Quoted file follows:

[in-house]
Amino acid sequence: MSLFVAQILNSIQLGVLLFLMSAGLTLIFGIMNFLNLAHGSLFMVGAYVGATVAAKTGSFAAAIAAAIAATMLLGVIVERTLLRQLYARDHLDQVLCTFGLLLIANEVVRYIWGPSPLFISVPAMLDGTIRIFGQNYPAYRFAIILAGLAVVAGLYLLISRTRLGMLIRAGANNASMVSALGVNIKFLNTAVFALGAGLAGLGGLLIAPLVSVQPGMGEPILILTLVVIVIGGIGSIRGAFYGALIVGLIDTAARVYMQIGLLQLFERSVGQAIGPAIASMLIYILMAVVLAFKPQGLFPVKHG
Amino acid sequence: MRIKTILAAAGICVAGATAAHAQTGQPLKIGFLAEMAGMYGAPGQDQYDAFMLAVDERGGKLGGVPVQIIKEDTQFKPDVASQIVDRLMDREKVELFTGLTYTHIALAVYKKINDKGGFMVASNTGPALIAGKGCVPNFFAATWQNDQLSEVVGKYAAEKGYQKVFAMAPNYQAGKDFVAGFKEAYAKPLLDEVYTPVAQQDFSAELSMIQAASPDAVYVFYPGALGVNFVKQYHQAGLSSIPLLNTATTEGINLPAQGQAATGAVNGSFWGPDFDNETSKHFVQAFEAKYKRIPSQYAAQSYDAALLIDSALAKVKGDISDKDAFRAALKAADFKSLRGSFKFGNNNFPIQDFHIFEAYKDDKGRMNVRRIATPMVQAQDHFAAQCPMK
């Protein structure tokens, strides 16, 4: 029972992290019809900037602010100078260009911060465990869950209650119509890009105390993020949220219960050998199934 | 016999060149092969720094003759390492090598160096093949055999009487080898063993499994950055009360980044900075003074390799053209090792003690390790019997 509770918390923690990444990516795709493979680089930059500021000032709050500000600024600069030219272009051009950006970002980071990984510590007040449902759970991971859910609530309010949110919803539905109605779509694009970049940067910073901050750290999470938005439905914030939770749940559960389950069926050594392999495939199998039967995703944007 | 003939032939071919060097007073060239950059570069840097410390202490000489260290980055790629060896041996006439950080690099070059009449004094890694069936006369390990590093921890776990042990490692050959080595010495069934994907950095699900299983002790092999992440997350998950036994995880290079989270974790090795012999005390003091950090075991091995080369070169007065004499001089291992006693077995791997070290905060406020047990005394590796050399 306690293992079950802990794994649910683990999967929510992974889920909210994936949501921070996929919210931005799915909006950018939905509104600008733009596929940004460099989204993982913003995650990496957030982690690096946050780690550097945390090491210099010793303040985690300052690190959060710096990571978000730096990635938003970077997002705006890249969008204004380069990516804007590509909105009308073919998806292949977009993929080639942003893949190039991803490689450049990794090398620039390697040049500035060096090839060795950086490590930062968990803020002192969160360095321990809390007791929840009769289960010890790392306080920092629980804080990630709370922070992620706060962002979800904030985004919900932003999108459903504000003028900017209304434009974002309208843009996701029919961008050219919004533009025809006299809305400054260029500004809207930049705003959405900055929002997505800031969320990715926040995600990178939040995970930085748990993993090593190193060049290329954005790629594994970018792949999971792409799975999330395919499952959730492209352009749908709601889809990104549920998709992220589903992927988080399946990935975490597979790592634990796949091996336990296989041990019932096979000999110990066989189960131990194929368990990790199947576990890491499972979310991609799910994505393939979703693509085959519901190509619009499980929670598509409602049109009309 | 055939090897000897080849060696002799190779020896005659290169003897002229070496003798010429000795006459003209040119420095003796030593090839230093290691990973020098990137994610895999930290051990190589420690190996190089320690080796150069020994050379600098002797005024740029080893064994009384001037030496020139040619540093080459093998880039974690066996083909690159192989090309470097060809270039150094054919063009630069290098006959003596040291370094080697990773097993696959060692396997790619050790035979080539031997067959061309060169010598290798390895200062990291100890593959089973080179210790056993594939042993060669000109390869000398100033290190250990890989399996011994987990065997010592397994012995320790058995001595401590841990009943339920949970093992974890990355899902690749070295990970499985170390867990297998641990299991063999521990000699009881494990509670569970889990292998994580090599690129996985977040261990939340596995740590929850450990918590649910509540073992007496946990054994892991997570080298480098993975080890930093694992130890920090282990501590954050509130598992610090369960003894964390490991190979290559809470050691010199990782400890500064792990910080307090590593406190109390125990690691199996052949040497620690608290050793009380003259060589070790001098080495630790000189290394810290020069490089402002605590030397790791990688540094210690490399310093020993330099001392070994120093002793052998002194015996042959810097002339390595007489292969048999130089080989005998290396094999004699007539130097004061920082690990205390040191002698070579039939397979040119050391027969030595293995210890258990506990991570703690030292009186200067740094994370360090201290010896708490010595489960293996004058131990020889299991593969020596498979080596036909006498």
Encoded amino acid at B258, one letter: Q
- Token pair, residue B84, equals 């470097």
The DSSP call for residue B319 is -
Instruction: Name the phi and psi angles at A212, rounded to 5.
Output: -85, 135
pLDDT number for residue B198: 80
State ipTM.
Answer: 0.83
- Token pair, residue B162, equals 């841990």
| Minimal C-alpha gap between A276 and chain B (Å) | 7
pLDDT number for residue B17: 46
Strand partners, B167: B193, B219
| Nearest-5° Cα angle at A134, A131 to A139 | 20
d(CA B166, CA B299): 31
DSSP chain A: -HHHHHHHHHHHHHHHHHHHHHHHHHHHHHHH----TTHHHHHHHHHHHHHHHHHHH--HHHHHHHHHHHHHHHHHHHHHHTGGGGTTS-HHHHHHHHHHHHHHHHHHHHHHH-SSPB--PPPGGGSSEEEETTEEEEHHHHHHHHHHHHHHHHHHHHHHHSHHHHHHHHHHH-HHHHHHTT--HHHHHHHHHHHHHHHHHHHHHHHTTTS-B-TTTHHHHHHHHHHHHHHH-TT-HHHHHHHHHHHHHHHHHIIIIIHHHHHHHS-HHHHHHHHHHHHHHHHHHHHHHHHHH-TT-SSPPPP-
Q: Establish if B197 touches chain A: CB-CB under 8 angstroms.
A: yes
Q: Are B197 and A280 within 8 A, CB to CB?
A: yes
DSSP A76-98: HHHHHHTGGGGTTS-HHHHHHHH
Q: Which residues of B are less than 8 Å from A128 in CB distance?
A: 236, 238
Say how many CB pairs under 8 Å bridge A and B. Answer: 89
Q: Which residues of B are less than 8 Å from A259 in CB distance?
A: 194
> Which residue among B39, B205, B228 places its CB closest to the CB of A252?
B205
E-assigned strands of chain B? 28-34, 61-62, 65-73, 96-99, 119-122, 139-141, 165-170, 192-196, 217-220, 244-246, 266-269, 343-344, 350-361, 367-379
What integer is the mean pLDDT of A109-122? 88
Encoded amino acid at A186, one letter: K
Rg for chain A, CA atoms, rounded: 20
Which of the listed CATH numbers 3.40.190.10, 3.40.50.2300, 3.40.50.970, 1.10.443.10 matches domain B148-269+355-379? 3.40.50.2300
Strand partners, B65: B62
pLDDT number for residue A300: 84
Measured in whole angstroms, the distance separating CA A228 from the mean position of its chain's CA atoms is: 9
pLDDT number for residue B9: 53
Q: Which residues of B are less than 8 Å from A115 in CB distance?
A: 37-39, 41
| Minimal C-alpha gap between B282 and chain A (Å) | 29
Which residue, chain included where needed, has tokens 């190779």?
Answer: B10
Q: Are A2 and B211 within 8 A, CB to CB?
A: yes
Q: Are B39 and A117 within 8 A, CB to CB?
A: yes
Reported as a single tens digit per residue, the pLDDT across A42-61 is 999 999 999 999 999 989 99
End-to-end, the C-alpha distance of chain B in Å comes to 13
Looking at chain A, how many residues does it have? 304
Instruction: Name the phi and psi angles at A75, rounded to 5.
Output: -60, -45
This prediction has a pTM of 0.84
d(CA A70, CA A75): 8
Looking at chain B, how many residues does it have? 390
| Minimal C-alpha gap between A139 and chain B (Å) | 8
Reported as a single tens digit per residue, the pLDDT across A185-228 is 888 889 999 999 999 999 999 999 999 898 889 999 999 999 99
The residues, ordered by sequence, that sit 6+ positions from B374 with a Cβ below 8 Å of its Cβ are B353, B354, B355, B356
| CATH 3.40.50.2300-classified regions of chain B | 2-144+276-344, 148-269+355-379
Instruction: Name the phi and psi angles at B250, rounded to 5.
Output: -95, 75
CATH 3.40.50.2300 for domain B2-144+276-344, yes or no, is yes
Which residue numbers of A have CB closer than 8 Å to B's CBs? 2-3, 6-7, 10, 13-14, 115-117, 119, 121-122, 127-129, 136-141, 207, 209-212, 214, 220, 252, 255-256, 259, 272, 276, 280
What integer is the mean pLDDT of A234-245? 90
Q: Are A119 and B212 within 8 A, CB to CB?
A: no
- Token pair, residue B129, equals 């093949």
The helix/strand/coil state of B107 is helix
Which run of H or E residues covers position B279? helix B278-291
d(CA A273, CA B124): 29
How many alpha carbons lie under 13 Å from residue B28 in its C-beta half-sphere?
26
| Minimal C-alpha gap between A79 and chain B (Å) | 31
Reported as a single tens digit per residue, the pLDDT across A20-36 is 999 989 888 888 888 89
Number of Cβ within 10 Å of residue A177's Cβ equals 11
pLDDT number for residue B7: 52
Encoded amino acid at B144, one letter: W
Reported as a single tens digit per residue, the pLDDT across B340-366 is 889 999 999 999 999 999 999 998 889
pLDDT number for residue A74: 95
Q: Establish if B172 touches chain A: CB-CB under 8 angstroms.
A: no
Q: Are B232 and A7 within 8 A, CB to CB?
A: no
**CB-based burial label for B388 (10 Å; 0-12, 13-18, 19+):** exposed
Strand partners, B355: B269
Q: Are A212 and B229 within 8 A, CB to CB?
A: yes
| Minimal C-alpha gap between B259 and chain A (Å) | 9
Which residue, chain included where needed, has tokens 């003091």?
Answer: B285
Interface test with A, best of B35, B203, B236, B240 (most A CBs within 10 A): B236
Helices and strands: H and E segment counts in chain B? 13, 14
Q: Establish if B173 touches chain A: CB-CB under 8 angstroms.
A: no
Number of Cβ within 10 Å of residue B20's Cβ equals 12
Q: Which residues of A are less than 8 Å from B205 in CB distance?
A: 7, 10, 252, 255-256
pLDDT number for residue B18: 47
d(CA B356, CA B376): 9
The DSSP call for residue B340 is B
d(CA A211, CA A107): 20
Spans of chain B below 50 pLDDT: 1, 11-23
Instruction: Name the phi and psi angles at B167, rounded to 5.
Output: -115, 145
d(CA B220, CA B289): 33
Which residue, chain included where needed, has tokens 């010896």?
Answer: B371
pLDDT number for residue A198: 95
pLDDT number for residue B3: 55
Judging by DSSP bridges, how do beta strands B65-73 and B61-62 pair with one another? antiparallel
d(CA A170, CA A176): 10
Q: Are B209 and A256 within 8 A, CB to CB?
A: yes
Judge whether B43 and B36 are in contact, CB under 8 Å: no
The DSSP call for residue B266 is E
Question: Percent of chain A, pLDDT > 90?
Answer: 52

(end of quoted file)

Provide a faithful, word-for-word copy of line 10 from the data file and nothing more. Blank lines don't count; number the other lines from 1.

pLDDT number for residue B198: 80